Covid 19, stuck in Broom.
A few commissions I did for people.
The sites and observations around Western Australia.
Kimberley marine life, mangroves to the ocean!
Hit me up if you want something done, big or small, can use anything as a canvas really, skateboards, paddle boards, paddleboard paddles, freediving fins.
If you are worried it will come off in the water, don’t be, just put a clear coat on and it’ll last forever.
This one was on commission
They look like a big man eating shark from their silhouette when cruising on the surface of the water, however the Tawny nurse shark is very mellow, they have poor eyesight as their eyes are tiny ,relying on the whisker like ‘barbels’ which are situated on their top lip. These whiskers help them find food which they suck up like a vacuum cleaner and then macerate it with their teeth.
They are an iconic shark of the Kimberley often hanging around the back of boats at anchorages waiting for the opportunity to scavenge a fish frame. The tiny yellow fish you often see hanging around them are juvenile golden trevally, they hang out with their big shark mate to eat parasites of their skin and leftover food, in return their shark friend protects them against predators. This particular animal came and swam with us at the beach.
I never really see that many Wedge- tailed eagles on the coastline, as they are dominated by Sea eagles. Pretty cool to see 5 large birds of prey, a pair of wedgies, and 3 sea eagles all competing for a feed on a big barracuda carcass.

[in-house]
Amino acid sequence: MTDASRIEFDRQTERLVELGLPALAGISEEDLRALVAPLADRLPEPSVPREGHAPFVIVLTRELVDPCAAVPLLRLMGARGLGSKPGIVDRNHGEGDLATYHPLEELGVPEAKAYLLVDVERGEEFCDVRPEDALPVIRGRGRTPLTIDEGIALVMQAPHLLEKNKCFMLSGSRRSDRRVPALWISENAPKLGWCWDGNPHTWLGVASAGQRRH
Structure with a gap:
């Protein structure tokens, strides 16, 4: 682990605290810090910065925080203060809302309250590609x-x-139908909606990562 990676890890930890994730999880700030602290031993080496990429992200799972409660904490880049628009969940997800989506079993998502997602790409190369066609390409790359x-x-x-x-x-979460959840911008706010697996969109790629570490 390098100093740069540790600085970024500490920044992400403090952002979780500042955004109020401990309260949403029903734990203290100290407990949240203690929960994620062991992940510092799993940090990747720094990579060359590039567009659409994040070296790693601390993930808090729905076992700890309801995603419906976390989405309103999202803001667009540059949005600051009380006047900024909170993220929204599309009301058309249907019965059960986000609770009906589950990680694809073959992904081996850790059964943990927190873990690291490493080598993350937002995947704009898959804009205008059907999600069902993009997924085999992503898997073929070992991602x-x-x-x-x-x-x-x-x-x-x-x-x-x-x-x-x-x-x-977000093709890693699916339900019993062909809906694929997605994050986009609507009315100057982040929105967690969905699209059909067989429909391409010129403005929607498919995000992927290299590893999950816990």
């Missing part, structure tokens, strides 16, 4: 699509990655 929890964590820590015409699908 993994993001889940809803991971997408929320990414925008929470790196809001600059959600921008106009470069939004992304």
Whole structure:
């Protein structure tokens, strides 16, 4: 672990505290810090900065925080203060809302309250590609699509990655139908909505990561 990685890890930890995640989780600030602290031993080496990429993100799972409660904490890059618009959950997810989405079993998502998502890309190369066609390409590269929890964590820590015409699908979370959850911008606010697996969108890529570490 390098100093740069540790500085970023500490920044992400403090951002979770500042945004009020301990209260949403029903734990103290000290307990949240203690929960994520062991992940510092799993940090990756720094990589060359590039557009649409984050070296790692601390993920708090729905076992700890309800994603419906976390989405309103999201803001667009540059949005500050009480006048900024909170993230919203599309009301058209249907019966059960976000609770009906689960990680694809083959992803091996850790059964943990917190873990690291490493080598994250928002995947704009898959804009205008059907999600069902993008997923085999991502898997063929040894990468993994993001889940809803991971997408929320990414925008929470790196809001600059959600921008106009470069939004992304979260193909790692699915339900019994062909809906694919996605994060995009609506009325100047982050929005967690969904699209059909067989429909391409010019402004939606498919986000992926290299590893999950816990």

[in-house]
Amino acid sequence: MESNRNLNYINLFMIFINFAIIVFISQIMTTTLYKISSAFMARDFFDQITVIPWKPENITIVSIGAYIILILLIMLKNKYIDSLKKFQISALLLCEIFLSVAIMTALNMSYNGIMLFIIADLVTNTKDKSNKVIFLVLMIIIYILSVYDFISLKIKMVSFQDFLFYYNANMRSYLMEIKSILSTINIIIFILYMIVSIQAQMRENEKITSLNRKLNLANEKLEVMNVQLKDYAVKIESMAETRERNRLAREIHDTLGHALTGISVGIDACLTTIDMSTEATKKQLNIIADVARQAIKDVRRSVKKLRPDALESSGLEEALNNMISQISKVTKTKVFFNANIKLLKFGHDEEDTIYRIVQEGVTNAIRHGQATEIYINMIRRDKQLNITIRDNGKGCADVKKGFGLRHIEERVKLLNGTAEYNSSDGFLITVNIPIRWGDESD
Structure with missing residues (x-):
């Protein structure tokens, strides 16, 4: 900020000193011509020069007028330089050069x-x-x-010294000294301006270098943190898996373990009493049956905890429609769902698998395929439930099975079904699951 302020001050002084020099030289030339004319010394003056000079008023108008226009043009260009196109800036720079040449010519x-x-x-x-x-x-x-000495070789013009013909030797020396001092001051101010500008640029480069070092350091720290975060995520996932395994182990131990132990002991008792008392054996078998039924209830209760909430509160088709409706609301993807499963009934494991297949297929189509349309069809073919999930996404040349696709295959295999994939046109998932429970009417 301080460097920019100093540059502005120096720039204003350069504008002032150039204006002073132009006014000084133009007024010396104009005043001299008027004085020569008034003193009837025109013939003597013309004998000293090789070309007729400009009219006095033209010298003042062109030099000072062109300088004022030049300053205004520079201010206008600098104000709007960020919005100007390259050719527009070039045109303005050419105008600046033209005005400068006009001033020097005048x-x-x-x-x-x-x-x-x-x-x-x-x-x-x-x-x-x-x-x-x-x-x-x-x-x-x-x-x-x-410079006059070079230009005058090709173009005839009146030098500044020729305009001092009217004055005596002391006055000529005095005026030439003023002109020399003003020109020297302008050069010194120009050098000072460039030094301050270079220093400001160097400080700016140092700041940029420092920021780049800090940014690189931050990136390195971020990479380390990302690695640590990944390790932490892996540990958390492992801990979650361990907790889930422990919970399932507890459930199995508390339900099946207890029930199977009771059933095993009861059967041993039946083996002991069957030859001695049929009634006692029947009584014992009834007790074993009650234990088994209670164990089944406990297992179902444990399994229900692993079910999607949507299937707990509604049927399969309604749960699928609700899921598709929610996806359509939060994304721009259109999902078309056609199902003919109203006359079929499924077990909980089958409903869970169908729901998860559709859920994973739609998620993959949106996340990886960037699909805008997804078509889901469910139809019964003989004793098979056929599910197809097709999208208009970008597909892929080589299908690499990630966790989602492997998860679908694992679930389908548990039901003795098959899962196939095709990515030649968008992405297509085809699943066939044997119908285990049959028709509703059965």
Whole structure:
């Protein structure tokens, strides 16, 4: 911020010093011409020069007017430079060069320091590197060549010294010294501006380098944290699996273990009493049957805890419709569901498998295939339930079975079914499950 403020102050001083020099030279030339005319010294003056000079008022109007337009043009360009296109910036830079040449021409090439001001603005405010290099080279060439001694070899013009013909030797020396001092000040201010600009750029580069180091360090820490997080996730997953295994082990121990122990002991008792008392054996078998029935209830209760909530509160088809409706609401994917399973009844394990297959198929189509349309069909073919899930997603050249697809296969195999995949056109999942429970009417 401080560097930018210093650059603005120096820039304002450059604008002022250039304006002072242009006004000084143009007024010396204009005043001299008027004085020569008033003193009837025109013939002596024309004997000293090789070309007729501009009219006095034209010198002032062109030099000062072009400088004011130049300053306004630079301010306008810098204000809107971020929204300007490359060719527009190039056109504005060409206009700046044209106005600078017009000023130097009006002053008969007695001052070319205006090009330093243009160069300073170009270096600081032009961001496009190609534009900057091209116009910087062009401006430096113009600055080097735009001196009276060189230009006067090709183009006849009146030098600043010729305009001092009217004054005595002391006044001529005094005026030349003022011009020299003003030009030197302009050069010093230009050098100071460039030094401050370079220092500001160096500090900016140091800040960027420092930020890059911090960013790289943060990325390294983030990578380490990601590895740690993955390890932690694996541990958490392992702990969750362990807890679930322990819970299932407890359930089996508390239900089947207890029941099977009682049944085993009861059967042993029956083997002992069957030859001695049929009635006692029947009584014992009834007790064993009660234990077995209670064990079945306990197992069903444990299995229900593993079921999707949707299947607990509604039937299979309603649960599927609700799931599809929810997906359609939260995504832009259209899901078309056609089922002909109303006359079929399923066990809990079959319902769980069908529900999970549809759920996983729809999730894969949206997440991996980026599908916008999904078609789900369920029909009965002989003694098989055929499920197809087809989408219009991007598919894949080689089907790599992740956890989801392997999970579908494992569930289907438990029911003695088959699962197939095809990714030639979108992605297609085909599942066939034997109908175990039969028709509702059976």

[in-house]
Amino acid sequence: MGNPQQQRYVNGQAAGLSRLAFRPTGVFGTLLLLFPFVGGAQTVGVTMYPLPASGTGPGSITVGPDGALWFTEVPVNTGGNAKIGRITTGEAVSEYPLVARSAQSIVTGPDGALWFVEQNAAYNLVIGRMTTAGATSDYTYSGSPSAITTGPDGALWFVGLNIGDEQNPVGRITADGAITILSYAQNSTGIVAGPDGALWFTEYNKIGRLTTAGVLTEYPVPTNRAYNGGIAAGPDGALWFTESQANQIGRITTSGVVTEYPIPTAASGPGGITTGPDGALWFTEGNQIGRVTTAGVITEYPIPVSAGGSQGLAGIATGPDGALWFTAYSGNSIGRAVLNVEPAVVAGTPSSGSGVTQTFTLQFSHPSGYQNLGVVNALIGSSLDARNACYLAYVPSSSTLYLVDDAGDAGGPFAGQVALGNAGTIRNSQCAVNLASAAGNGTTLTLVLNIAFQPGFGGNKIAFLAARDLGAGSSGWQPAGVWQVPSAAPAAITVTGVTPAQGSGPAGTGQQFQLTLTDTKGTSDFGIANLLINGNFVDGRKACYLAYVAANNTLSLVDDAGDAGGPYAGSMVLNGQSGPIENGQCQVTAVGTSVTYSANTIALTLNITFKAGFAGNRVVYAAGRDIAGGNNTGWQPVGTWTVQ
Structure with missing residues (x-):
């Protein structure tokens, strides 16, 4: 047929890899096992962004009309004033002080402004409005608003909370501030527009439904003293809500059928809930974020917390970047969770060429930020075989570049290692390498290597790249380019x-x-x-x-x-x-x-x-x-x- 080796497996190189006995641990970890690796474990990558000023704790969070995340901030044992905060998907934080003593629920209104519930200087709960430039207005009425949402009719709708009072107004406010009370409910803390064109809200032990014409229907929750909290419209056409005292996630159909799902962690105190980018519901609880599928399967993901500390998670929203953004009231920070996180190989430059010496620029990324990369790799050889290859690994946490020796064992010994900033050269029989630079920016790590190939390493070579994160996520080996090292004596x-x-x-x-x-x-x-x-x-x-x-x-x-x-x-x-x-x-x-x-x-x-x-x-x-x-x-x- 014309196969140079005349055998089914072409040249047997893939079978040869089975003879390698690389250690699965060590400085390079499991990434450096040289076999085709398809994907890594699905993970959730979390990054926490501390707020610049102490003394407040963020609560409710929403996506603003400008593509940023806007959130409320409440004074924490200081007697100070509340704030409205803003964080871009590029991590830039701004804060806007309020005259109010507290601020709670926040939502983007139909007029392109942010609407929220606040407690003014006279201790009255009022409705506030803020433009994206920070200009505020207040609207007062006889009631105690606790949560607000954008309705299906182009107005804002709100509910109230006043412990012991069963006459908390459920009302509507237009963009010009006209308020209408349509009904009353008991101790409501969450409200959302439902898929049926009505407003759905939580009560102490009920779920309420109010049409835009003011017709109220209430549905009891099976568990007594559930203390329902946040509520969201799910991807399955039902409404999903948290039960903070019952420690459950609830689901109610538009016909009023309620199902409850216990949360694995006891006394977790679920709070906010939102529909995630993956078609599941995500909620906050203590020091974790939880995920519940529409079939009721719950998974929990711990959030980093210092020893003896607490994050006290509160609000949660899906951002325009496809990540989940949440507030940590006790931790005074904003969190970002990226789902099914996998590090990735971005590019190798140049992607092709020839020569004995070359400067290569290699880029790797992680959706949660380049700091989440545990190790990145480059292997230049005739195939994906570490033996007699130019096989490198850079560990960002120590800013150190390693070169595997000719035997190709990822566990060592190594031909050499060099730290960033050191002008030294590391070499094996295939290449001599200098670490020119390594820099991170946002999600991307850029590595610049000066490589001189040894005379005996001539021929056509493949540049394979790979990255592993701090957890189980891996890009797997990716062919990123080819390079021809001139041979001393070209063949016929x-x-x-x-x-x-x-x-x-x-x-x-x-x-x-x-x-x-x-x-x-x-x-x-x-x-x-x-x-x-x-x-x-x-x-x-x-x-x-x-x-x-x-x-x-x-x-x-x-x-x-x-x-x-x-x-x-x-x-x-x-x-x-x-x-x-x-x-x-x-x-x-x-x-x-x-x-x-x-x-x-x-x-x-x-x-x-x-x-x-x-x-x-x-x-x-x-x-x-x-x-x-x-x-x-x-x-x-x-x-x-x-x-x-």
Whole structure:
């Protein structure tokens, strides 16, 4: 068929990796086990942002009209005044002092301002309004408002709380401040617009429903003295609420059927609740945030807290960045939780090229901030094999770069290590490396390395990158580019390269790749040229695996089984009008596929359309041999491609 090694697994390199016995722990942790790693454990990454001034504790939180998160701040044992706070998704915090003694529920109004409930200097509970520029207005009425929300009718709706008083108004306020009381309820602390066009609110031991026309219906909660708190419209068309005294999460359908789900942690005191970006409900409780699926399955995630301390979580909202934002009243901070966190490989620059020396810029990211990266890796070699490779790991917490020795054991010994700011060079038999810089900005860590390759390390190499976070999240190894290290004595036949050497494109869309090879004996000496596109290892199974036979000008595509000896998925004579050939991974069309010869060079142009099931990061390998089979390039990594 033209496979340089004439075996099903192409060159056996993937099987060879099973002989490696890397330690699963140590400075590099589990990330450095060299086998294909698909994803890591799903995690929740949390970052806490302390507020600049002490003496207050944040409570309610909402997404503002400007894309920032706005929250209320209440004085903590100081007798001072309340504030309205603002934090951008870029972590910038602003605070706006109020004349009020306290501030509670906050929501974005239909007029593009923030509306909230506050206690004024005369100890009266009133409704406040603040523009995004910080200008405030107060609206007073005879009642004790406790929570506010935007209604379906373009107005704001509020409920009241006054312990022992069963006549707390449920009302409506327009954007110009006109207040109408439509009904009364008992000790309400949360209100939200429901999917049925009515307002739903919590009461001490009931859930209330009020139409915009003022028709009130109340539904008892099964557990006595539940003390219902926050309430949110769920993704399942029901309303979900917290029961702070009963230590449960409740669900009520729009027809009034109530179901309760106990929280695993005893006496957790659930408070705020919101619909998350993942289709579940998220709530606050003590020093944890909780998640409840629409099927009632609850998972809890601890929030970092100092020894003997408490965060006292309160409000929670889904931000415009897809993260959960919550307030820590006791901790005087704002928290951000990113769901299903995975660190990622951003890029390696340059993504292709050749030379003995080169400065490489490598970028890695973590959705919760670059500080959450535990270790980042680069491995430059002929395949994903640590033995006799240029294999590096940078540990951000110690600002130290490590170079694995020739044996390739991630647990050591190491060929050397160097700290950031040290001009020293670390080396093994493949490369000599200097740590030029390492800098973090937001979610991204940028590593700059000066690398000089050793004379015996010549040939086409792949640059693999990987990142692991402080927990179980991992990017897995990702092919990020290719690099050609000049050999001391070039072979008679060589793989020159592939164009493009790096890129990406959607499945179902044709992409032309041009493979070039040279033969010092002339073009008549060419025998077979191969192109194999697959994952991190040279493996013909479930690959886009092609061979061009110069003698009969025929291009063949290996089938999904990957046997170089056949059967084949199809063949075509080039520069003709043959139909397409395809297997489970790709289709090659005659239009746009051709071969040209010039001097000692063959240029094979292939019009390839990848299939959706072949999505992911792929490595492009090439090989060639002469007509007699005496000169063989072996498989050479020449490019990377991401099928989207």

Predator of the sky, captured this the white bellied sea eagle just before it stooped for a fish. These birds are not only amazing to see fly, but hold a cultural significance for many indigenous groups often holding status as a totem. It’s just short of having the largest wingspan and being Australia’s top aerial predator only to be beaten by the wedge tailed eagle, with talons that can pierce right through to your bones and sight 8 times better than ours, they truly are the King of the coast.
Kingfisher Islands lies off the coast of Western Australia. Kingfisher Islands is around 1,000 hectares in size.
The collared kingfisher (Todiramphus chloris) is a medium-sized kingfisher belonging to the subfamily Halcyoninae, the tree kingfishers. It is also known as the white-collared kingfisher or mangrove kingfisher.
Bird nerding…Kingfishers, bottom photo sacred kingfisher and the top photo of collard kingfisher, which I’ve only ever seen out at the Kingfisher islands.